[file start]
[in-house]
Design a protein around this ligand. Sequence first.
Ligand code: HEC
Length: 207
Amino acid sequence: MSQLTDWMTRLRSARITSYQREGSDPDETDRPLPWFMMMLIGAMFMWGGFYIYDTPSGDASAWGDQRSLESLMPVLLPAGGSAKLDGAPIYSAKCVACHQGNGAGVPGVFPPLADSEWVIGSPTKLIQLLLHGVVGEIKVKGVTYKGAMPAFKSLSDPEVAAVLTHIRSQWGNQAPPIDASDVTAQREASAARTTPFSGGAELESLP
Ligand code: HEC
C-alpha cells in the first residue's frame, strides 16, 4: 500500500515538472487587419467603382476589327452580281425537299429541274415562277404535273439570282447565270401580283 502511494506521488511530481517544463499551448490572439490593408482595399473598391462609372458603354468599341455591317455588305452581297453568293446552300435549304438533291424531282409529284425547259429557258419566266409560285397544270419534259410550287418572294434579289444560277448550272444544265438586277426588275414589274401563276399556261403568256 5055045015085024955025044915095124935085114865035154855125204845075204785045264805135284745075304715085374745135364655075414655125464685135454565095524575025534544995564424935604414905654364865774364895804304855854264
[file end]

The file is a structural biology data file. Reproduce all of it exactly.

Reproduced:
[in-house]
Design a protein around this ligand. Sequence first.
Ligand code: HEC
Length: 207
Amino acid sequence: MSQLTDWMTRLRSARITSYQREGSDPDETDRPLPWFMMMLIGAMFMWGGFYIYDTPSGDASAWGDQRSLESLMPVLLPAGGSAKLDGAPIYSAKCVACHQGNGAGVPGVFPPLADSEWVIGSPTKLIQLLLHGVVGEIKVKGVTYKGAMPAFKSLSDPEVAAVLTHIRSQWGNQAPPIDASDVTAQREASAARTTPFSGGAELESLP
Ligand code: HEC
C-alpha cells in the first residue's frame, strides 16, 4: 500500500515538472487587419467603382476589327452580281425537299429541274415562277404535273439570282447565270401580283 502511494506521488511530481517544463499551448490572439490593408482595399473598391462609372458603354468599341455591317455588305452581297453568293446552300435549304438533291424531282409529284425547259429557258419566266409560285397544270419534259410550287418572294434579289444560277448550272444544265438586277426588275414589274401563276399556261403568256 5055045015085024955025044915095124935085114865035154855125204845075204785045264805135284745075304715085374745135364655075414655125464685135454565095524575025534544995564424935604414905654364865774364895804304855854264